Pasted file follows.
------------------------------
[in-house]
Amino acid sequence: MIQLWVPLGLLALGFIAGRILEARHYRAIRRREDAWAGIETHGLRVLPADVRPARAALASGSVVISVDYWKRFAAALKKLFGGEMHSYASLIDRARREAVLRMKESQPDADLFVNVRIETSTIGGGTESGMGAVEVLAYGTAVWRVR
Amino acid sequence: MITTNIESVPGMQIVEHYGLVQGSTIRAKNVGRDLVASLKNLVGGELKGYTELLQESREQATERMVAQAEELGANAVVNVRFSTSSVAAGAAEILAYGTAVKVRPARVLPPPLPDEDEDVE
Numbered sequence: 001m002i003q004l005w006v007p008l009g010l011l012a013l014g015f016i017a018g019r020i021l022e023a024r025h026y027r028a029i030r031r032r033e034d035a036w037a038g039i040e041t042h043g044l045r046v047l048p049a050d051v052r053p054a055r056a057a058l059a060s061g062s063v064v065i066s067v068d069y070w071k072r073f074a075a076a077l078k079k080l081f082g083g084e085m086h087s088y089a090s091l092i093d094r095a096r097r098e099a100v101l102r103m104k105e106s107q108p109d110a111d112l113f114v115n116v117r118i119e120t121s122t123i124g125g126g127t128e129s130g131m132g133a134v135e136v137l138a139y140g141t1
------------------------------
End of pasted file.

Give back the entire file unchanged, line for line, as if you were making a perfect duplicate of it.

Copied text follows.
[in-house]
Amino acid sequence: MIQLWVPLGLLALGFIAGRILEARHYRAIRRREDAWAGIETHGLRVLPADVRPARAALASGSVVISVDYWKRFAAALKKLFGGEMHSYASLIDRARREAVLRMKESQPDADLFVNVRIETSTIGGGTESGMGAVEVLAYGTAVWRVR
Amino acid sequence: MITTNIESVPGMQIVEHYGLVQGSTIRAKNVGRDLVASLKNLVGGELKGYTELLQESREQATERMVAQAEELGANAVVNVRFSTSSVAAGAAEILAYGTAVKVRPARVLPPPLPDEDEDVE
Numbered sequence: 001m002i003q004l005w006v007p008l009g010l011l012a013l014g015f016i017a018g019r020i021l022e023a024r025h026y027r028a029i030r031r032r033e034d035a036w037a038g039i040e041t042h043g044l045r046v047l048p049a050d051v052r053p054a055r056a057a058l059a060s061g062s063v064v065i066s067v068d069y070w071k072r073f074a075a076a077l078k079k080l081f082g083g084e085m086h087s088y089a090s091l092i093d094r095a096r097r098e099a100v101l102r103m104k105e106s107q108p109d110a111d112l113f114v115n116v117r118i119e120t121s122t123i124g125g126g127t128e129s130g131m132g133a134v135e136v137l138a139y140g141t1